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Unformatted text preview: Ekamai International School COURSE OUTLINE School Year 2004-2005 Mr. Felix B. Nada 1. Curriculum/Course Title: Advanced Physical Science (Grade 9) 2. Textbook: Science Spectrum, Physical Approach 3. Authors: Ken Dobson, John Holman, Michael Roberts 4. Publishers: Holt, Rhinehart, and Winston 5. ISBN: 0-03-055578-7 6. Resources: Work Books, Study Guide, CD-ROM, Lab Manual 7. Elective/Required: Required 8. Learning Time: 5x a week, 50 minutes/period 9. Credit Earned: 1 Credit 10. Objectives: T his course will focus its efforts in preparing each student to be: A complex thinker who can: Understand and apply the concepts of physics and chemistry. Observe, collect and interpret data, and make inferences from that data. Critically observe physical phenomenon. Analyze and interpret data, including appropriate statistical and graphical presentations. Propose further questions for study. Interpret information from oral, visual, and written sources. Analyze and synthesize information through group interaction and self-directed exploration. Employ creative thinking in problem solving. An effective communicator who can: Clearly express himself/herself both in written and spoken English. Actively participate in class discussions. A responsible citizen who can: Help and respect others. Follow rules and proper conduct in the classroom/ laboratory. Positively contribute to the class *Physical Science Content Standards and Benchmarks Atomic and Molecular Structure 1. The periodic table displays the elements in increasing atomic number and shows how periodicity of the physical and chemical properties of the elements relates to atomic structure. As a basis for understanding this concept: a. Students know how to relate the position of an element in the periodic table to its atomic number and atomic mass. b. Students know how to use the periodic table to identify metals, semimetals, nonmetals, and halogens. c. Students know how to use the periodic table to identify alkali metals, alkaline earth metals and transition metals, trends in ionization energy, electronegativity, and the relative sizes of ions and atoms. d. Students know how to use the periodic tabl e to determine the number of electrons available for bonding. e. Students know the nucleus of the atom is much smaller than the atom yet contains most of its mass. f. * Students know how to relate the position of an element in the periodic table to its quantum electron configuration and to its reactivity with other elements in the table. g. * Students know the experimental basis for the development of the quantum theory of atomic structure and the historical importance of the Bohr model of the atom....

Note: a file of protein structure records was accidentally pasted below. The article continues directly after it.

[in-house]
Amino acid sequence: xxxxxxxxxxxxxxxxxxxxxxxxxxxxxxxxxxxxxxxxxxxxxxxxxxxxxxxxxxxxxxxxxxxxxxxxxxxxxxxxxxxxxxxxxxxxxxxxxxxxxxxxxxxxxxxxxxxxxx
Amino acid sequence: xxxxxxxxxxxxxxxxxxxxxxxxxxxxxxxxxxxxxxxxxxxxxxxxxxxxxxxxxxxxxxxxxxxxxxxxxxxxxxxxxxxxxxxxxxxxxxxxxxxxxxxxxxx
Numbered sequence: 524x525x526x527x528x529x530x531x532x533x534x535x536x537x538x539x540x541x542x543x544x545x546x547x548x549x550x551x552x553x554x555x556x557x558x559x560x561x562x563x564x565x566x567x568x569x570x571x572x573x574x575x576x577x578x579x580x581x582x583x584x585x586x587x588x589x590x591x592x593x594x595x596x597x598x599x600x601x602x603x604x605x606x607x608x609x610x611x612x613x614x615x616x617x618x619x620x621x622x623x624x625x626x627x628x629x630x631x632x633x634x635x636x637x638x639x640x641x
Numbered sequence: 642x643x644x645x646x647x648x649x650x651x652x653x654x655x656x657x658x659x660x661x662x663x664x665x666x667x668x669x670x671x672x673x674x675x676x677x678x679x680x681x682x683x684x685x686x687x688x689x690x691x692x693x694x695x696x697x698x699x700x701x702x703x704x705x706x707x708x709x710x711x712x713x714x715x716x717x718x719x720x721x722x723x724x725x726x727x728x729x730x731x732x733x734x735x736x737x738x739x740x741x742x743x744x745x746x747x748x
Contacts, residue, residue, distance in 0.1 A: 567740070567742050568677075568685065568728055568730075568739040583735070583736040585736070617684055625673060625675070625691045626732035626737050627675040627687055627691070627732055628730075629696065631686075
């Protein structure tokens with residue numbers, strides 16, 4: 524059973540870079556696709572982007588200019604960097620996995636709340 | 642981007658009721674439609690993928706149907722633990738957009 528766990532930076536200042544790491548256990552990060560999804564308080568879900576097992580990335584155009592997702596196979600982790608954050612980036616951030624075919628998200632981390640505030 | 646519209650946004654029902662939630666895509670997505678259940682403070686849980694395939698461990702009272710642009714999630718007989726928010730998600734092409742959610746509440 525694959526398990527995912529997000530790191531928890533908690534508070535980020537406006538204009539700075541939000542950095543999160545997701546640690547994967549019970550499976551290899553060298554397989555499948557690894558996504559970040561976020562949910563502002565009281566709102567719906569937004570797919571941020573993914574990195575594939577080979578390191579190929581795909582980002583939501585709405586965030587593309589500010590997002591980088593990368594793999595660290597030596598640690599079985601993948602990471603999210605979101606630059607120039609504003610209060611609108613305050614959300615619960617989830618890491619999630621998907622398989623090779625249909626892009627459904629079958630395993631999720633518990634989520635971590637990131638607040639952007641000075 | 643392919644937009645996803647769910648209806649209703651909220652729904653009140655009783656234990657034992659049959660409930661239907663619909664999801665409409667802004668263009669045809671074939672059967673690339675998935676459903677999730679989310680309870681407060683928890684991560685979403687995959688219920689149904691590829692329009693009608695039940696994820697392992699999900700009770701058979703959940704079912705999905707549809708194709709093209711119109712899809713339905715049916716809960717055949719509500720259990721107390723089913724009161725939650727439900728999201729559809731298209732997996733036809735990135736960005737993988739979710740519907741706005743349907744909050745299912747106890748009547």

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- Spring '11